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AHS Theatre Ensemble Triumphs Again

Adam Aleksic, Editor in Chief

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April 6, 2017. Opening night of the new school play, Oliver!, a modern musical take on Charles Dickens’ quintessential novel Oliver Twist, the first time in a decade the play was being performed at Albany High. A hush filled the crowd, which filled about three-quarters of the seats, as the lights dimmed and the executive producer, Mr. Ward Dales, stepped out. He first acknowledged the mayor, who was present, then issued a highly political proclamation that “art is how we stand up to injustice” and that we should do what is right, an allusion to the human trafficking undertones of the play.

The play began with a chilling 1984-esque scene of subservience where Oliver (played by sixth-grader Hassan Laing) and other orphans are forced to obey while living on nothing but gruel. After Oliver’s trademarked request (“please, sir, may I have some more?”), Francis Criscione stole the stage as the evil Mr. Bumble, leading in songs such as Oliver!, I Shall Scream!, and Boy for Sale, with great humorous and visual effect. Oliver is soon sold to a funeral-making family, whereupon he gets into an altercation with a higher-ranking apprentice, casting him onto the street and into the clutches of a devious plotter named Fagin (Raphael Cohen) and his gang of pickpockets, including a woman named Nancy (Williemae Fiddemon) and a kid named the Artful Dodger (Makaiah Massas). This was great fodder for a multitude of songs, until Oliver got caught stealing and taken into a much nicer home than ever before. Naturally, things didn’t turn out too well, and for the rest of the play Oliver was thrust into all kinds of turmoil.

What were the best parts? The humor kept the story light: one drawn out death of an old maid, Cohen’s interactions with the orchestra, and Criscione’s performance as Mr. Bumble all were hilarious. The dance moves were excellently choreographed, the band in the pit kept along rather well and the story was told poignantly. Laing did well as Oliver, but the immediate supporting cast shone the most: high school students Fiddemon, Cohen, Criscione, and Ackazemas Myers (as Bill Sykes) dominated in their roles, into which they fit seamlessly, and sung superbly. There were times when the play was indistinguishable from Broadway.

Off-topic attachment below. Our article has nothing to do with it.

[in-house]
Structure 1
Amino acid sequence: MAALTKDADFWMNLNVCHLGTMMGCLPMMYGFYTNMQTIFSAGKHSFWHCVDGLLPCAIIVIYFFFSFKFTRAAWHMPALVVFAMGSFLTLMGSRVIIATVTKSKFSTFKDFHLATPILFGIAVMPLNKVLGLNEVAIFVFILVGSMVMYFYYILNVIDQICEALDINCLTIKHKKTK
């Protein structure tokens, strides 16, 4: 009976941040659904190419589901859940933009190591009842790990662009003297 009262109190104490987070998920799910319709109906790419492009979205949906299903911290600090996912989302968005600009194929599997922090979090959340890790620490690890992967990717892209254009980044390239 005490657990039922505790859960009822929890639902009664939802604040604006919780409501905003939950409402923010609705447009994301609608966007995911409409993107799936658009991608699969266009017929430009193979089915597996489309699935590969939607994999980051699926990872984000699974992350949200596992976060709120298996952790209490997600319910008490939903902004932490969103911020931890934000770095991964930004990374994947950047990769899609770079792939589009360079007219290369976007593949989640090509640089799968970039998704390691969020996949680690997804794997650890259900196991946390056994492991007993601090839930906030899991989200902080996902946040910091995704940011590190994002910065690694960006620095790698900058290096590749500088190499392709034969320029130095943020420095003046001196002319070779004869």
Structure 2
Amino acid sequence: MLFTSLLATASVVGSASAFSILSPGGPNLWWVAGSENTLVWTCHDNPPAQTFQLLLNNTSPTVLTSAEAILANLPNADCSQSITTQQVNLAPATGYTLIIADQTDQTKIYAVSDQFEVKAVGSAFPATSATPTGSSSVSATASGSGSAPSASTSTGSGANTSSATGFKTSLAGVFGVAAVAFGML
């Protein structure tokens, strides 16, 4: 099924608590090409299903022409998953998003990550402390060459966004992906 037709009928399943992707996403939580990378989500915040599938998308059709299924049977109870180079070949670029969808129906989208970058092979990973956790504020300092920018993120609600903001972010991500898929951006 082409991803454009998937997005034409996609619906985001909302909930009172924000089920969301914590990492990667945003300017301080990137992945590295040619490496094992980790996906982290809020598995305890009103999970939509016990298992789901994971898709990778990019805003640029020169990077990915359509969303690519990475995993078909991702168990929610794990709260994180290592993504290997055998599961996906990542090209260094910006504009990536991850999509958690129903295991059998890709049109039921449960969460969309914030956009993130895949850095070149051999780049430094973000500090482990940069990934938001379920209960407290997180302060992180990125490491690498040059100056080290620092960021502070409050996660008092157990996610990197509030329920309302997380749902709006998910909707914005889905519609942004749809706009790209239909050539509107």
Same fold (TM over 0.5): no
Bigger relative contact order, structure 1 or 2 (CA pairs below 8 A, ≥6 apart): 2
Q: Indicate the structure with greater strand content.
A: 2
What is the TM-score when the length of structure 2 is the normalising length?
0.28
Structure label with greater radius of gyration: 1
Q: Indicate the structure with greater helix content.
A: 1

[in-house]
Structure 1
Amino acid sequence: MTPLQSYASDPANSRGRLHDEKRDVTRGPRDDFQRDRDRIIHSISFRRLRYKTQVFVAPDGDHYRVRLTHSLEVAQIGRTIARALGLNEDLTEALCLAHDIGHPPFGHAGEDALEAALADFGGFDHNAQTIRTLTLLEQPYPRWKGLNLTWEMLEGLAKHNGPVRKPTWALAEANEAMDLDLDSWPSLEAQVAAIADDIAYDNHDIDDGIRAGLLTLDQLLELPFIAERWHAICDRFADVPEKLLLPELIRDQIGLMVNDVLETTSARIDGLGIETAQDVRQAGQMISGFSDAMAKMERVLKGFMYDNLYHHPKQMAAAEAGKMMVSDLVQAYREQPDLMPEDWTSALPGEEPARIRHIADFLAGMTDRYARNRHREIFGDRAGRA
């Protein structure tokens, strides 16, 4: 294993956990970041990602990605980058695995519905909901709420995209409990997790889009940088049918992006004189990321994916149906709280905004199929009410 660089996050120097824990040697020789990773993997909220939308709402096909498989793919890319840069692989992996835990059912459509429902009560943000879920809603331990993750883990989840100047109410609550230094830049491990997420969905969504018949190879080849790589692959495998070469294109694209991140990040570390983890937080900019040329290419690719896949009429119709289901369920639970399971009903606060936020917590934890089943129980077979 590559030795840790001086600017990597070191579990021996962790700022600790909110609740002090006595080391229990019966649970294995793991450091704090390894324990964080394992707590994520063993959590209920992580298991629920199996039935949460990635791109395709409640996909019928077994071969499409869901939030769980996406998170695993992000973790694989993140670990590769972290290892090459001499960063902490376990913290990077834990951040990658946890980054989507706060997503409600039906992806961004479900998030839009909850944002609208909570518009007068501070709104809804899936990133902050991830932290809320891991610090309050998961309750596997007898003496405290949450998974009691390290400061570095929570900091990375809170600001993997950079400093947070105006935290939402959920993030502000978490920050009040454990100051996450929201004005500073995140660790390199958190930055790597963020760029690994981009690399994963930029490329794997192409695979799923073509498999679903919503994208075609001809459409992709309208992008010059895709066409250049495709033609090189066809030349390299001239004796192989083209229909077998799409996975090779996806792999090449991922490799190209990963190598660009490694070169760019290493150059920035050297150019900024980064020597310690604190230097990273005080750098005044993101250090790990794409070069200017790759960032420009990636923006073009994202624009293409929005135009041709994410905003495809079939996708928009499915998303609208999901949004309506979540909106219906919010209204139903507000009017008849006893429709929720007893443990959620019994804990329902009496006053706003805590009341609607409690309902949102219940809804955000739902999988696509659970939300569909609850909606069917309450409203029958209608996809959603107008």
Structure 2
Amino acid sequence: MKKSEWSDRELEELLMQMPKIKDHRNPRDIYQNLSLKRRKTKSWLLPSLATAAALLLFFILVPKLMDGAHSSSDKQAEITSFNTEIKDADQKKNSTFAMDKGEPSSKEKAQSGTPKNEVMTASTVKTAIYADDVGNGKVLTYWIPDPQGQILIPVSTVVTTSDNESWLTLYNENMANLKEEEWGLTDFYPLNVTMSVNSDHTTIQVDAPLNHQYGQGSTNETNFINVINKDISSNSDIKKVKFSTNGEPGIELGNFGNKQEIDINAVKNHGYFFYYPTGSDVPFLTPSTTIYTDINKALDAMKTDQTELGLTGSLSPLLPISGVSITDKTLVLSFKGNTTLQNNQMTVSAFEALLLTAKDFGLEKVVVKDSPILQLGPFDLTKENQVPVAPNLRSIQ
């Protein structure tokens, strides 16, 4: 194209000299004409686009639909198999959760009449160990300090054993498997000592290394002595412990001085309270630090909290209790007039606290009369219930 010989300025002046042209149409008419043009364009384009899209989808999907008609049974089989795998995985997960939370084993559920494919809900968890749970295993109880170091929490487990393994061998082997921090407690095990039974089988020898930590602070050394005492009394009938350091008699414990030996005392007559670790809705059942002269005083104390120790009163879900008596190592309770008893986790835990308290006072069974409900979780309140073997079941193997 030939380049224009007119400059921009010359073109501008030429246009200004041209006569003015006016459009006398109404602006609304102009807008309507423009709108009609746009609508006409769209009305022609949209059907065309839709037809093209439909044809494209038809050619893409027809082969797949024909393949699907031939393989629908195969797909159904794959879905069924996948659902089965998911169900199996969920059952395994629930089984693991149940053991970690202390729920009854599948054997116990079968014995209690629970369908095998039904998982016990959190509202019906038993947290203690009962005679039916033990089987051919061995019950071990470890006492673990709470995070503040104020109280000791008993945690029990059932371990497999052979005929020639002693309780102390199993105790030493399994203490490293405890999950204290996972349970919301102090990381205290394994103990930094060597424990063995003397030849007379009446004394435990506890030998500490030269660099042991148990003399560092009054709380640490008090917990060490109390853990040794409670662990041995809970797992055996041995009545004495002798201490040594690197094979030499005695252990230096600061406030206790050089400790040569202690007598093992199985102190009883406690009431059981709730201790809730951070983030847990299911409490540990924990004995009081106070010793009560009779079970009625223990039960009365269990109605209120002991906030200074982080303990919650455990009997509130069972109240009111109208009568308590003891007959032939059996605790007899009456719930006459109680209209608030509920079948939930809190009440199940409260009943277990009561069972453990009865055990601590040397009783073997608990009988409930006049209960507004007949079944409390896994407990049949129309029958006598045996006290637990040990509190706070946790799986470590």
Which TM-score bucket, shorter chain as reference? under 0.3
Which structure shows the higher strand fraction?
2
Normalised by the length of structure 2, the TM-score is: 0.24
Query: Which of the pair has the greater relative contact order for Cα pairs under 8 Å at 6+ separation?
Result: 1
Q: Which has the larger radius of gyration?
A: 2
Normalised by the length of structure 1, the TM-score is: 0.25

There were downsides too, however. The play seemed almost too contemporary, with cell phone use onstage and dabbing. For a high school play, the plot got rather explicit at times (several people commented to me about this), with loads of innuendo and scantily clad under-age girls. What was heralded as “improved projection technology” was a flop, and the singing was sometimes drowned out by the orchestra. The partisan spiel at the start was also a bit exclusive of other groups.

Especially considering all the rumors that the play wasn’t ready beforehand, this must be considered a tremendous success, however. One who went in with a sense of journalistic apprehension (such as myself) came out with a desire to get upstage and sing too. The aesthetics were stunning, the acoustics were great, and the story ran well without any glitches.

“I thought they did an amazing job,” said Mr. Gregory Marsh, the Albany High alumnus who helped co-direct the play. “It’s amazing how a play we did ten years ago is equally relevant today.” Willaemae Fiddemon (Nancy) concurred. “I felt like it was amazing,” she repeated. “there was a real twist on Oliver Twist, and it’s all thanks to the theatre ensemble. It allows us to be ourselves… my life has really changed, working with all these people.”

Raphael Cohen (Fagin) also attributed his success to the cast. “We worked very, very hard,” he said. “What we do is not the result of fancy sets, or lighting, or microphones, or fancy equipment… it comes from what we have here as a community; we’ve become very well knit… it’s that shared energy which gives the show the energy it has.” Continuing this selfless trend, Francis Criscione (Mr. Bumble) remarked, “the band did a great job, tech did amazing… tonight was our best performance yet.”

“For anybody considering doing theatre, it’s definitely well worth it.”

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You Can't Hide That Falcon Pride!
AHS Theatre Ensemble Triumphs Again